There can be little doubt – as Shaw makes clear – that things began to get dicey for Dorothy when she got her hooks into the aforementioned shooting of JFK back in ’63. She was particularly intrigued by Jack Ruby’s role in the whole affair. Maybe even a bit obsessed with it, too. What was his real motivation? Was he “just following orders?” What links did he have to Oswald?
Kilgallen began to compile what would ultimately become a large file on her findings, a file that mysteriously vanished after her death and which has never resurfaced since. Her dislike of FBI boss, J. Edgar Hoover, only increased when Hoover maintained that the only person involved in the death of the President was Oswald. Period. Incidentally, Kilgallen’s FBI and CIA files are now both in the public domain, thanks to the provisions of the Freedom of Information Act. Dorothy closely followed Ruby’s trial for killing Oswald – pondering deeply on how things were made so easy for Ruby to have killed Oswald on November 24, 1963. It’s a testament to her tenacity and determined character that Kilgallen was the only journalist to get an interview with Ruby while the trial was still going on. She was also leaked certain pages from the “Warren Commission” report – specifically pages on Ruby and before the final report was made openly available.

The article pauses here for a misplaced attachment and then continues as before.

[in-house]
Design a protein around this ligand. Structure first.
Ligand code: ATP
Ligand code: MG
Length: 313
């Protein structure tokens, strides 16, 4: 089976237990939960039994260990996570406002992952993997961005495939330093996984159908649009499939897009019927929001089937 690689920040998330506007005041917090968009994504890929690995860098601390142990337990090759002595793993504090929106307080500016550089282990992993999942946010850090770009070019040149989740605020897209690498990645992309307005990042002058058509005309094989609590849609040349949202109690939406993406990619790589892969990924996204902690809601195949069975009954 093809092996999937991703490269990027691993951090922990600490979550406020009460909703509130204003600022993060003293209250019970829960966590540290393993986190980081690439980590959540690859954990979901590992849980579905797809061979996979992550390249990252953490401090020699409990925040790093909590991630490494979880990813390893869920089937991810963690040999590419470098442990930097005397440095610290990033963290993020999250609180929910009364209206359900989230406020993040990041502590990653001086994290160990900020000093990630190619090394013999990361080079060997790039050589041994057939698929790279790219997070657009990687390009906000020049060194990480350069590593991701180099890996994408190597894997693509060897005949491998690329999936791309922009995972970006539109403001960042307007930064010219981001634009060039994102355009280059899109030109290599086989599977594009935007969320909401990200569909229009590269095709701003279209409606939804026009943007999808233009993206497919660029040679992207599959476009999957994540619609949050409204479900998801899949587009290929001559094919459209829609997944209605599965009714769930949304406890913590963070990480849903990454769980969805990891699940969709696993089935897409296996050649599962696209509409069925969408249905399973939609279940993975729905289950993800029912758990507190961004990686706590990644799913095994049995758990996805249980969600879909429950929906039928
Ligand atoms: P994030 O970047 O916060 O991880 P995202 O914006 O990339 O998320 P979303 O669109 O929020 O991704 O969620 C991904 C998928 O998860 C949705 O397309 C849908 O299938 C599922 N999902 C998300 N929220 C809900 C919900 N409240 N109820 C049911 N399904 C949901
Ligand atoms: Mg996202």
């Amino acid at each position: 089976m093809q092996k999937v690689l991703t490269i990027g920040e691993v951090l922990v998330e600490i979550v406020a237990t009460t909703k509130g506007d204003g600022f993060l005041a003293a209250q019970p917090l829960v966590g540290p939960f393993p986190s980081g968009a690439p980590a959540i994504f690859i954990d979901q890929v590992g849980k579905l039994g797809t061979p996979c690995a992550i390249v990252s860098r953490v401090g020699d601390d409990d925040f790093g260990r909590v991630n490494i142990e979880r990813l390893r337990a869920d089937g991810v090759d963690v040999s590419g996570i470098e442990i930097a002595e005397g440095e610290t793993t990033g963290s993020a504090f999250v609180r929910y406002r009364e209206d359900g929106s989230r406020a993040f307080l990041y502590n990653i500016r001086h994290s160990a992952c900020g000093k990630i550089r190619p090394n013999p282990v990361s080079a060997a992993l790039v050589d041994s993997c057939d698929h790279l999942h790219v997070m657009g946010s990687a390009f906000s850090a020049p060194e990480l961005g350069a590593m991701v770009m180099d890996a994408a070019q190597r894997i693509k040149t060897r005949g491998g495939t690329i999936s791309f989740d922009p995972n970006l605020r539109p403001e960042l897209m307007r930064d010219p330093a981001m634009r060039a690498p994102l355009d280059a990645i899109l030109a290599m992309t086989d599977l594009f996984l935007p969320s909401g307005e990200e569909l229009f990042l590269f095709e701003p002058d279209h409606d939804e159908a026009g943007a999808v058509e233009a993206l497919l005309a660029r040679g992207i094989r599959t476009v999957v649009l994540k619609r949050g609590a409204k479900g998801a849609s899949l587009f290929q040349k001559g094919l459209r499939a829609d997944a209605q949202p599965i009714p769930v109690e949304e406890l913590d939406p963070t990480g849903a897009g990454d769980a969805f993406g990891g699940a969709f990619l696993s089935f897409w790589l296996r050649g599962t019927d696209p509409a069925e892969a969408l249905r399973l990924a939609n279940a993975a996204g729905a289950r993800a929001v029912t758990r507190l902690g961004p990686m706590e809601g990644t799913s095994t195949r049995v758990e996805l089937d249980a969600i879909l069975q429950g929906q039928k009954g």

As Dorothy’s research into the intricacies of the whole JFK affair increased, she became somewhat worried, then frightened; she was concerned that her life was in danger. As Shaw reveals to the reader, she was in danger. Major danger. Kilgallen made a mystery-filled trip to New Orleans. Her hairdresser, Marc Sinclaire, said (and is quoted by Shaw): “Her life had been threatened.” All of which leads up to the matter of her puzzling, controversy-filled death and the discovery of her dead in bed on November 8, 1965.
Shaw confidently rips apart the official line – maybe suicide, perhaps accidental death – and heads off into territory filled with what may have been a hired killer, a mole in Kilgallen’s inner circle, and even the influence of the Mafia (Mob Don, Carlos Marcello, is a particular target, in terms of who may have been behind the murder). Shaw spends a lot of time focusing on the levels of drugs and alcohol in her system, and reveals the flaws in Kilgallen’s autopsy. A good case is made that Dorothy was deliberately drugged – and to the point where she ultimately died. There is also the matter of a mysterious man she met with at the Regency Hotel bar, New York, and only hours before her death.
If you are interested in the ever-mysterious JFK assassination, you should definitely get hold of a copy of Mark Shaw’s The Reporter Who Knew Too Much. The book should also be read by anyone and everyone who wants to learn more about the hazards that can sometimes go along with investigative journalism. Deadly hazards. Above all else, though, the book is a study of a brave woman who fought to find the truth behind a multi-layered conspiracy and paid the ultimate price.